Sunday, October 15, 2017

Fighting Chicken

Our first five days in Hatteras were windy - we planed every day, usually in wind that was higher than the forecast. Friday took the crown - the forecast predicted 20 mph at 8 going down to 15 during the day, but we got 23 mph going up to 30 and staying there.

I took the opportunity to fight my inner chicken. It's quite a loud-mouthed beast, and I often listen to it. Not this time! Out came the 72 l speed board, even though the wind had turned from NNE to NNW by noon, meaning higher water levels and more chop. I had been overpowered towards the end of the morning freestyle session on my 5.6 m sail in 25 mph wind. With meter readings of 29 mph after lunch, switching to a 6.3 m race sail sounded about right. You need to go big for speed, right?

Well, the 6.3 turned out to be encouraging the chicken just a bit too much. In theory, a 6.3 should be easy to hold in this wind and "moderate" chop. Indeed, the sail never felt overpowering; instead, it combined the best characteristics of a freestyle sail with amazing stability. But with the inner chicken constantly screaming "Not so fast!", I never quite got the feeling of being in control.

On the verge of once again loosing the chicken fight, I rigged down to a 5.6 Loft racing sail. That made a lot of difference, and I was finally able to get a few runs near 30 knots. That may be nothing to good speedsurfers, but for me, it's a lot in chop. With the chicken finally under control, I even found a patch of flat-ish water near shore, and get a 32 knot run - 2 knots faster than my previous best in Hatteras, and my 5th-fastest session ever. Take that, chicken!

We'll be at the ABK camp for the next five days, so we'll focus on freestyle instead of speed. Maybe I can beat the chicken once again and try a few loops...

Monday, October 9, 2017

WET Fall Regatta

The WET Fall regatta took place the last two days at David Kashy's place in Seaford, VA. We took that as a reason to drive down to Hatteras a week before the ABK camp, and had a blast.

The weather was nice, the wind great for longboard racing, the organization once again excellent - thanks to all who made it happen!
Racing is always a good way to learn where you need to improve. I had plenty to learn! Some of these things are:

  • Practice the hard stuff, not just the fun stuff! I fell a couple of times in long downwind legs, which I never practice.
  • Check your gear before the trip! When I took out Nina's Ultra Cat at the end of day one, I discovered that the mast foot tendon had about 10 deep cracks; it was just pure luck that it had not broken during the races. Nina ended up using slalom gear for several races on day two, which was fun in the gusts, but had her drop to the rear of the field in lulls.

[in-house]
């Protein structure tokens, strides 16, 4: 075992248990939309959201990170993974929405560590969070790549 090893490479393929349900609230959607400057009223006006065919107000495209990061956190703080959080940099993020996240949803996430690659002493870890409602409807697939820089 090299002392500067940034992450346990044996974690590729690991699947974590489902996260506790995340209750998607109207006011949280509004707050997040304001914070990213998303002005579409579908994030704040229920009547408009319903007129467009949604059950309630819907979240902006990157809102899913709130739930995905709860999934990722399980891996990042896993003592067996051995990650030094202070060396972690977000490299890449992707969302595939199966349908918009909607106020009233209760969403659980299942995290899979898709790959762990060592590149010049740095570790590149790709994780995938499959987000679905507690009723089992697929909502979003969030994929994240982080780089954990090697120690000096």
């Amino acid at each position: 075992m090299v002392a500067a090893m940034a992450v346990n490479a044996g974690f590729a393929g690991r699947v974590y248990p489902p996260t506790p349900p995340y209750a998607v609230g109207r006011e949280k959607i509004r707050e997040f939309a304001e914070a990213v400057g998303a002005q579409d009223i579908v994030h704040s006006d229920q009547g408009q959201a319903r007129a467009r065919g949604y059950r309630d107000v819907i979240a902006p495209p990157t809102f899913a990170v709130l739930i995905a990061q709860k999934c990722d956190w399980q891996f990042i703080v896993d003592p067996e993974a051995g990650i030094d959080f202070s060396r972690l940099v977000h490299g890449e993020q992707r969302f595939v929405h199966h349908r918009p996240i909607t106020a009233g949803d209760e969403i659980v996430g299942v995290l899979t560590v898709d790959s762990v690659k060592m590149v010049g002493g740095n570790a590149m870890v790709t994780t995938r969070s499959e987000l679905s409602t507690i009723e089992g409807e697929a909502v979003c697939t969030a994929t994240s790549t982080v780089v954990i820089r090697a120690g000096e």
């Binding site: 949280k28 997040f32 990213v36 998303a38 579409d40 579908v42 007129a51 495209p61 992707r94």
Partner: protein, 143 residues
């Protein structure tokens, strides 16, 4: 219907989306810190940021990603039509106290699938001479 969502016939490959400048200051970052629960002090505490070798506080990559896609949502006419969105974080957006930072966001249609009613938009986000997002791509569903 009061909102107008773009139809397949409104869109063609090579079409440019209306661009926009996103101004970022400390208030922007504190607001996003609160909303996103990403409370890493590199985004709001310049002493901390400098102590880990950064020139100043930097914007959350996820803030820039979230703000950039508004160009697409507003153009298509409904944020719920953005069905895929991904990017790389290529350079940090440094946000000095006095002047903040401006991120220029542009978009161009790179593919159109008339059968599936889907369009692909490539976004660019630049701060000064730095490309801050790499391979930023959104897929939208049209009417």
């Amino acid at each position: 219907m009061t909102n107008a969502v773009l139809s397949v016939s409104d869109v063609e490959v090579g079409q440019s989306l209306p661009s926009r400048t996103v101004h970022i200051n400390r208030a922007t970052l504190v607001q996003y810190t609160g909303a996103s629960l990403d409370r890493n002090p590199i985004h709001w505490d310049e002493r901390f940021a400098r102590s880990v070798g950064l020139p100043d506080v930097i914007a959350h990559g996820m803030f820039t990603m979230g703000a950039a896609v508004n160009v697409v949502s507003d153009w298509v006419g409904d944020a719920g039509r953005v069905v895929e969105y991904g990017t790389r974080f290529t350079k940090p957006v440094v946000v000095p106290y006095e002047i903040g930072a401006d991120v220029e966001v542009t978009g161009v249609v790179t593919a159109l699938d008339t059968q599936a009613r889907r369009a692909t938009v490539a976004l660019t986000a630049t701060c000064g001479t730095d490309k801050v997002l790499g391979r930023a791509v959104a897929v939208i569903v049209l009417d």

• If you're racing with your MSO, she might expect exceptions from the right-of-way rules, even if she knows them perfectly well. Or perhaps she never practiced stopping with a cambered sail on a race board, and absolutely will not drop a 3-cam 7.8 m sail. Well, at least not before the inevitable collision. 
  • Listen carefully at the skippers meeting, and then look at the flags! More about that below.
The races also illustrated nicely how much gear matters. Steve was in a league of his own on the Starboard Phantom 377:
Although looking at the picture, maybe he just discovered how to sail downhill all the time?

John was in second place in most races on a Mega Cat with a 9.5 m raceboard sail. When Nina was on her Ultra Cat with a 7.8 m 3-cam freerace sail, she managed to pass him a few times; taking the weight difference into account, she was on comparable gear. I'm much closer to John's weight, and was on my Lightning that does not have a race daggerboard, so I was far behind John in the light wind races. In the second race on Sunday when the wind picked up, I managed to get close, and might have had a chance to beat him ... if I had looked at the flags and seen that we were going around the course twice this time, instead of just once as in the first race of the day. By the time I understood what all the "2" signs that the boat crew was making meant, the entire field had long passed me. But at least there was nobody else in the picture when I finally crossed the finish line:
The pictures are from Marcia and David - big thanks! Here's a final one of Nina having fun:

Tuesday, September 26, 2017

Speed Spots

Jose left us and took the wind with him. While waiting for the wind to come back, I think of past sessions, and wonder - where did I go really fast in the past? Thanks to my sessions database with 1,113 entries since 2009, that's easy to answer. Here's a list of the spots where I have reached top speeds above 30 knots:

No big surprises here. Three of the top 4 spots are Slicks, and the remaining spot (Corpus) is shallow everywhere, and also has excellent speed strips. Perhaps the more surprising thing is that my home spot, Kalmus, is at the very bottom of the list - I sailed faster than 30 knots in only one session out of 251! Compare that to Sandy Point in Connecticut, where I sailed only twice - and broke 30 knots both times.

But as the avid reader of this blog knows, my Kalmus sessions are usually freestyle or bump & jump sessions. It's rare that the wind is strong enough to make speed sailing interesting, and when that happens, I often sail upwind or downwind half a mile to the nearby slicks - Egg Island downwind, and the Kennedy Slicks upwind. If we look at only sessions where I used slalom gear, and then sort by the percentage of sessions where I did 30+ knots, a different image emerges:

Now, Sandy Point is on top, followed by Egg Island and two other slicks on Cape Cod. Of the spots on the list, I would indeed rank Sandy Point as the spot with the highest speed potential when wind, tide, and wind direction all come together. But that does not happen often; furthermore, Sandy Point requires a 3-hour drive, while all the other spots are a lots closer (with Salvo being a vacation spot, and Corpus Christi a winter spot). So we sail at Sandy Point only when we can be darn sure that it will be really windy!